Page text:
For instance, the illegal substitution penalty on the punt return team at the end of the first quarter when Tech had a 4th-and-10, followed by a defensive offsides. Texas was up 14-0, but the penalties kept the drive alive resulting in a Red Raider touchdown (Kingsbury throws it up for grabs on 3rd-and-10 at the UT 23; Welker comes down with it and races in for Tech’s first score). How important would it have been for Texas to have had the ball still up 14?

Then there was the second-half holding penalty that wiped out Benson’s 10-yard TD run. The 11-play, 42-yard drive resulted in a 35-yard Dusty Mangum FG, giving Texas a 31-28 lead with a minute gone in the fourth quarter. But with both teams trading touchdowns all afternoon, settling for a field goal was the difference between losing and sending the game into overtime.

And what’s more, bartender, Texas used its last time out on that possession! And with the entire fourth quarter to go! There were times when Simms was screaming at the sideline to get the play in, or sometimes the correct personnel weren't on the field, and the team is making the kind of mistakes you expect in the first game of the season, not the next-to-last.

Texas had zero (repeat, zero) yards on punt returns, which is a killer. Of course, Vasher re-injuring his ankle is most damaging on special teams as he otherwise gutted it out at cornerback. Of course, Tech only punted three times all afternoon since everything on their opponent’s side of the field becomes four-down territory (Tech is second in the nation in fourth down attempts).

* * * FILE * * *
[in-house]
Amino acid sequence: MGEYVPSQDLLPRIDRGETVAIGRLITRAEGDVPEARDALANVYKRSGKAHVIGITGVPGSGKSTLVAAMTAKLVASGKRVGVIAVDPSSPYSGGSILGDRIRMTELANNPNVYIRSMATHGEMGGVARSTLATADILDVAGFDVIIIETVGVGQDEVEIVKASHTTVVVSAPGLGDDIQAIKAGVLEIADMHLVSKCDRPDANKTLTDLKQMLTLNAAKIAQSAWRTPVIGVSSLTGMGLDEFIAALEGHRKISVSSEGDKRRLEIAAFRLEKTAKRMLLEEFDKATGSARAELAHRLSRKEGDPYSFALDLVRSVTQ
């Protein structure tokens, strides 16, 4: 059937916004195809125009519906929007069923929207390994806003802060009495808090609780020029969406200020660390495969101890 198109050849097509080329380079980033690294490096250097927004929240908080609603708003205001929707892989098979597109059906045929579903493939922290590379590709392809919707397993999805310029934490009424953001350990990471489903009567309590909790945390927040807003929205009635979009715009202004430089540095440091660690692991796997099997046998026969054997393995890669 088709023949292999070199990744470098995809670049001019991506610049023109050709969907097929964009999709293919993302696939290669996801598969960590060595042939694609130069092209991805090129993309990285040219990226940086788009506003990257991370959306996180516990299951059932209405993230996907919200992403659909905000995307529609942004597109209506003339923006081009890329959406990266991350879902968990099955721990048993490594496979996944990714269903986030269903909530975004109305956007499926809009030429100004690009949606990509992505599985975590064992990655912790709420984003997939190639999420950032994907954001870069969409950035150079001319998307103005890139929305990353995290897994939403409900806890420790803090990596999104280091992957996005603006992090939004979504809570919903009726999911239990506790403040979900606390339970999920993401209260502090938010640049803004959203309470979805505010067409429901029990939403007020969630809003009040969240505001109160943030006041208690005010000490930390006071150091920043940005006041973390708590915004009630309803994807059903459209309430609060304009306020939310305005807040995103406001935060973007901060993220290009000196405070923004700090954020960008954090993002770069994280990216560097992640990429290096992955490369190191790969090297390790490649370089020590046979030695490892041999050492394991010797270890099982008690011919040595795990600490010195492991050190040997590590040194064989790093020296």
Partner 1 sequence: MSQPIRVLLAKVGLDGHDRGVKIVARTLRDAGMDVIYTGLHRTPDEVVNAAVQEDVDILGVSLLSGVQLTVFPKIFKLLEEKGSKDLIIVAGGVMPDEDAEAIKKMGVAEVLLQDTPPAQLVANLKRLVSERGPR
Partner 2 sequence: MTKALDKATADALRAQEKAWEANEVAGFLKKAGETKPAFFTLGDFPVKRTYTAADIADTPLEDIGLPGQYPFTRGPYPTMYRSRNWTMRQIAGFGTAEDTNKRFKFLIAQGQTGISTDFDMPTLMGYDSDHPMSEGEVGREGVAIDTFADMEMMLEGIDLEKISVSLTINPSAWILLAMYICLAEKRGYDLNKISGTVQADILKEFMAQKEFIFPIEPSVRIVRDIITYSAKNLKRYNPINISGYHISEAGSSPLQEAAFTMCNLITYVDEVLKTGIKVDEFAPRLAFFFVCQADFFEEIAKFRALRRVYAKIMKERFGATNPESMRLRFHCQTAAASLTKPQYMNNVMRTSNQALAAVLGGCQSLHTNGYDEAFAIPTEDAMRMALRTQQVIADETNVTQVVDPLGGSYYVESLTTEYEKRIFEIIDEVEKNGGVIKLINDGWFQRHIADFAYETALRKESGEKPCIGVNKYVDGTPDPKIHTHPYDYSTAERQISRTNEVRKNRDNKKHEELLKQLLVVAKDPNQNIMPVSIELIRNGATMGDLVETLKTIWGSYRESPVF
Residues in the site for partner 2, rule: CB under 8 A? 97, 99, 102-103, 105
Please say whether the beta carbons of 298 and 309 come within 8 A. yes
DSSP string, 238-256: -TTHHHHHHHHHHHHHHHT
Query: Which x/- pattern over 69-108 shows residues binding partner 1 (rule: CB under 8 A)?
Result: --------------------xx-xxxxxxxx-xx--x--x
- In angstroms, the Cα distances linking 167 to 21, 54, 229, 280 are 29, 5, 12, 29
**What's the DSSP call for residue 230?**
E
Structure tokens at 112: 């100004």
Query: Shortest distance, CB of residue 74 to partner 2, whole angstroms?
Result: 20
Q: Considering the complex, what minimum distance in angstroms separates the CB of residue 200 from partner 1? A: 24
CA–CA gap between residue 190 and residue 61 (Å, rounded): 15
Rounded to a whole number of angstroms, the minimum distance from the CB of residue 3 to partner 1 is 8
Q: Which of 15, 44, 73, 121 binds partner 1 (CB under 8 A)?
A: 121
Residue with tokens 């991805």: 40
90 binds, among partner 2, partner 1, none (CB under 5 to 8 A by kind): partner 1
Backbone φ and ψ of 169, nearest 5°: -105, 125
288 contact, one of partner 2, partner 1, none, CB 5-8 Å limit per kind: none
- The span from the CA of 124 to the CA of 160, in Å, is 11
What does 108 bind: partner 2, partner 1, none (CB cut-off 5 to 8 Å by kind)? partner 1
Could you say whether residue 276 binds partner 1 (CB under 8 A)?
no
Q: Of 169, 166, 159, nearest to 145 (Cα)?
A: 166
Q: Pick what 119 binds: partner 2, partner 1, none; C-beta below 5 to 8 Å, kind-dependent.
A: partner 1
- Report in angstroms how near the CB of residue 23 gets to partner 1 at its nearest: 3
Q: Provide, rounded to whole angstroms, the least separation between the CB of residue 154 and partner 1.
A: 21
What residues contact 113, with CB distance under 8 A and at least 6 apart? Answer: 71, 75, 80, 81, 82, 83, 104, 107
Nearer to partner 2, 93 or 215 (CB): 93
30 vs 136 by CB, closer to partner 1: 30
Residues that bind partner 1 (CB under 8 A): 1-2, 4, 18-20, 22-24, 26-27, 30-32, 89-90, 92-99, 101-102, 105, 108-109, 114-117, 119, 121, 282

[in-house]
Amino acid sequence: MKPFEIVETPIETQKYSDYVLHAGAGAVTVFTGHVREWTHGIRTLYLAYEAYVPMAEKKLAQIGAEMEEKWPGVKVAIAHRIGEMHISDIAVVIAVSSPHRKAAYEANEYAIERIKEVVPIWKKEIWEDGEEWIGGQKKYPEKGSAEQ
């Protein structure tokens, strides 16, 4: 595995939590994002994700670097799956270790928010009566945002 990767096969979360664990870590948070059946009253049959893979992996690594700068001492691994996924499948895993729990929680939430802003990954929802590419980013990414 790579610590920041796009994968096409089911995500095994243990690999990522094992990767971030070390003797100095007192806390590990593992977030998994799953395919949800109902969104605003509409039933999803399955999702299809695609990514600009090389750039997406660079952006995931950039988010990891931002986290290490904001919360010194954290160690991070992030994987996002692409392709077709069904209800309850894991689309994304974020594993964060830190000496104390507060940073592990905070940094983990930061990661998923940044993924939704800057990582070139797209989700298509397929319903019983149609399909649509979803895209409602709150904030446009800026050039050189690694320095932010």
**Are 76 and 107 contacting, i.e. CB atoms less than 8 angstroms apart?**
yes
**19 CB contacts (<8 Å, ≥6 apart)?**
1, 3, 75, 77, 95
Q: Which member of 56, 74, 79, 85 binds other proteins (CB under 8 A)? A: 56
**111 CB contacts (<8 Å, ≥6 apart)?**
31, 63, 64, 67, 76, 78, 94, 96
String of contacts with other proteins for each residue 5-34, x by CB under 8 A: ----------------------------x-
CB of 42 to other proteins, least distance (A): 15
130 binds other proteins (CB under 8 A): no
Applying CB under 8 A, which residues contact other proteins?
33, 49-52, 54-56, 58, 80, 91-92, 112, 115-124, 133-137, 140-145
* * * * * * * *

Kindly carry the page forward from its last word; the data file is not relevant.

Of course, FB Ivan Williams did a heckuva job on kickoff returns and I thought (I really, really thought) Texas had ‘em when ‘ol Ivan returns that pop-up kick 48 yards after Tech had just gone 80 yards in seven plays to take a 42-38 lead with 5:41 remaining.

So, there we are, bartender! First-and-10 at the Tech 34-yard line. By now, you know the offense that has the ball last is going to win this one. So, what do you do, bartender? Benson’s only carried 21 times. His legs oughta be fresh. Mack Brown talked earlier in the week about how Texas might have scored too quickly late in the fourth when it lost here four years ago, leaving Tech just enough time to get downfield. And he’s talked all season about needing to run the ball in the fourth quarter. You run some clock, right?

Not this time. Texas throws. It throws. Texas throws right at a diving safety Ryan Aycock, and Simms (who was an otherwise stellar 24-of-37 for 345 yards) throws his only pick of the game. Hey, 345 passing yards ought to win you any football game if you have a running game. And without the consistent threat of a running game, dare we say that Texas is (pardon my French) one-dimensional?

Texas does lead the Big 12 in time of possession, but not today (Tech held the ball for 30:24) when the Texas offense needed most to play defense against the third-ranked passing offense in the nation.

Since preseason, several members of this year’s senior class (the top-ranked recruiting class in the nation) billed themselves as the group that would put Texas back at the top of the college football world. Who knows? Maybe if half the team (literally) hadn‘t gotten hurt this year, they might have. As it turns out, it has taken the Longhorns 15 years to nearly equal the winning percentage of Fred Akers. (And I don’t think any new buildings are going to be named after him.)

I still can’t believe UT's coach lost to Mike Leach.

Hold off on calling a cab, bartender. I may be here awhile. My calendar is pretty much clear now that I don’t have to waste any more time calculating all those BCS scenarios to see how Texas can wind up in the Fiesta Bowl. So, set ‘em up, Joe. About the only thing that might make me feel a little better (not much, but a little) is finishing the season with a shellacking of the insufferable Aggies.

If not, then just have my mail forwarded to this address.